In This Post 3 things TPG loves about Celebrity Cruises The stylish design of its ships Its industry-leading shipboard spas Its inclusion of drinks, WiFi and gratuities in base fares What we could do without Confusing company marketing calling it a “luxury” brand The Celebrity Cruises fleet
Of the seven big cruise lines that account for the majority of cruises taken by North Americans, Celebrity has one of the simplest fleets.
At the core of the brand are 11 relatively big ships that can be bunched into just three groups, or “classes,” as they are known in cruise industry lingo.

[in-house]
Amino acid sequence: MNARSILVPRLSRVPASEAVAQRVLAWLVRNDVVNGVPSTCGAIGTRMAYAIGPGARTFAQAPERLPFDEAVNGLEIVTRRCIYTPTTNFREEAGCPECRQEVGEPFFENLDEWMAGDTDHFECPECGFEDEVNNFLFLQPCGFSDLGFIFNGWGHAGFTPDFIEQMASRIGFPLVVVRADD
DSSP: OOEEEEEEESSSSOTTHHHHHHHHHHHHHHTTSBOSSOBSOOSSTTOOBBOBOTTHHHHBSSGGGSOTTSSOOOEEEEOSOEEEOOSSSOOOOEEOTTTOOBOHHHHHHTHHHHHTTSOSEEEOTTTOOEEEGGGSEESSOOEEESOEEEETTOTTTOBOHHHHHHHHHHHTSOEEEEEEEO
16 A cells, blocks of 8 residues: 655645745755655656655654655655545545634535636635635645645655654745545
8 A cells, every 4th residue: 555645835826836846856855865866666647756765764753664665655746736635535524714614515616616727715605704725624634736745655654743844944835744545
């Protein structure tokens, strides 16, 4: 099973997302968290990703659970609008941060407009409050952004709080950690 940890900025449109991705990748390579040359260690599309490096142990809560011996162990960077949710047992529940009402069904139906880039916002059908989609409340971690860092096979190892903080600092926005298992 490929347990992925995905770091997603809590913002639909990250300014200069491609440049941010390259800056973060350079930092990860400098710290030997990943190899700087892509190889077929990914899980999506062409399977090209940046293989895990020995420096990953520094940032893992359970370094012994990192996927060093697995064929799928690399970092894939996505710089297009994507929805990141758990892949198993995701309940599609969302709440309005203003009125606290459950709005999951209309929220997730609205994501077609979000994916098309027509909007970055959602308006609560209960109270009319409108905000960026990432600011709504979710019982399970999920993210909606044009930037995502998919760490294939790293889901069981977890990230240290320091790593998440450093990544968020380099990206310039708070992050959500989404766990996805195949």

The newest group of ships at the line is the Edge Class, consisting of just two vessels that have been unveiled since 2018 — each holding around 2,900 passengers. If you’re in the “newer is better” camp when it comes to cruise ships, this is the Celebrity ship class for you.
The newest Celebrity Cruises ship, Celebrity Apex, is part of the line’s new Edge Class of vessels. (Photo courtesy of Celebrity Cruises)
Celebrity currently has plans for five Edge Class vessels in all. A third vessel in the series, Celebrity Beyond, already is under construction at the Chantiers de l’Atlantique shipyard in St. Nazaire, France. It’s scheduled to be completed in 2022. Two more of the vessels are expected to be constructed by 2023 and 2024, respectively.
Eventually, the abovementioned rollouts will make the Edge Class the new core of the Celebrity fleet. But, for now, that title falls to the line’s five-ship Solstice Class series. If you take a Celebrity cruise now, the odds are you’ll be on one of these ships.